“If everyone is talking about the Grammys or the Super Bowl, and you’re taking part in those big moments, hopefully, you’re a part of the broad conversation that is attached to it, which could lead to brand affinity, then sales,” says Gilbertson Cuffy, Brand Marketing Director, PepsiCo. 

    “Brands need to go beyond participating in culture. What are you adding in value? There is something called a culture vulture and consumers are really good at sussing that out,” adds Cuffy. “It’s up to us as brands to recognize that whatever audience we’re targeting at that moment, you are actually adding to the moment instead of taking from it.” 
  2. Be respectful. LVMH brand Moet Hennessy considers diversity a core value to its brand, one that is reflected in its messaging all year round. Their goal is to continue to be relevant to audiences by contributing to their culture as opposed to appropriating it or appearing opportunistic. “It's more about understanding how to be relevant in culture,” says Luis Spencer-Freitas, Director Omnichannel at Moet Hennessy. “We understand we are living in a very different time. We are trying to be respectful by adopting a new mindset.”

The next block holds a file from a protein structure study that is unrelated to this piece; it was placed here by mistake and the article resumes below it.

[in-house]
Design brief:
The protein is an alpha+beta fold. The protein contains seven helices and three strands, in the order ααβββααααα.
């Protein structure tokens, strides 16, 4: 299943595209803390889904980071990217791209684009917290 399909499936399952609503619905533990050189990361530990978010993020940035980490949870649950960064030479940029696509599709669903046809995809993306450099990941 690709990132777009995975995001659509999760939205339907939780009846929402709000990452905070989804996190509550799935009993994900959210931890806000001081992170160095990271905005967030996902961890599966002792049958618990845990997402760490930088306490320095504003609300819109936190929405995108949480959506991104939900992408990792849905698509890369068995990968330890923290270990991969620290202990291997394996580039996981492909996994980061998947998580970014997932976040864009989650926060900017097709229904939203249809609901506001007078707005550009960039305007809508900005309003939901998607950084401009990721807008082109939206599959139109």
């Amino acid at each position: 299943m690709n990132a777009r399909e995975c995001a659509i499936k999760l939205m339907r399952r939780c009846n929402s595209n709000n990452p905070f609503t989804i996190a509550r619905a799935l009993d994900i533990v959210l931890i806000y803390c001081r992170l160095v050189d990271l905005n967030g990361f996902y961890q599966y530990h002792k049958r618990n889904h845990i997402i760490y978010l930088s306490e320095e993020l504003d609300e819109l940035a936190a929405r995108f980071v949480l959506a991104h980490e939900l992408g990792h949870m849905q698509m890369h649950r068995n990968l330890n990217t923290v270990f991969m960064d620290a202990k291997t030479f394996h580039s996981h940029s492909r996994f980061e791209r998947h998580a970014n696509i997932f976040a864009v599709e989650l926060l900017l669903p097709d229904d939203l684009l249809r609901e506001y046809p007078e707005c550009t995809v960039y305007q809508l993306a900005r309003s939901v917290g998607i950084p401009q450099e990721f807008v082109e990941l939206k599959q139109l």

For example, the company is looking at how COVID-19 has impacted different cultures and how they can be respectful of these different communities in their communications. “How can we give you something that is more of a relief and added value versus being tone-deaf to how the pandemic is affecting you personally,” says Spencer-Freitas. “People call it the ‘new normal’ but I like to call it the ‘new humanity.’”
  3. Everyone’s voice matters. For digital e-card business JibJab, everyone on the team is involved in new projects and gets to share their ideas. By giving a voice to the diverse group of employees, the team is more creative, motivated, and the output is that much more compelling. 

    “Whenever we have a new project, everyone is so excited and it's almost like fuel for me because there is nothing better than when you have a team that you don’t have to motivate, they actually motivate me,” said Mauro Gatti, Chief Creative Officer, JibJab.  “In the idea room, everyone comes up with amazing ideas that it’s hard to pick one.”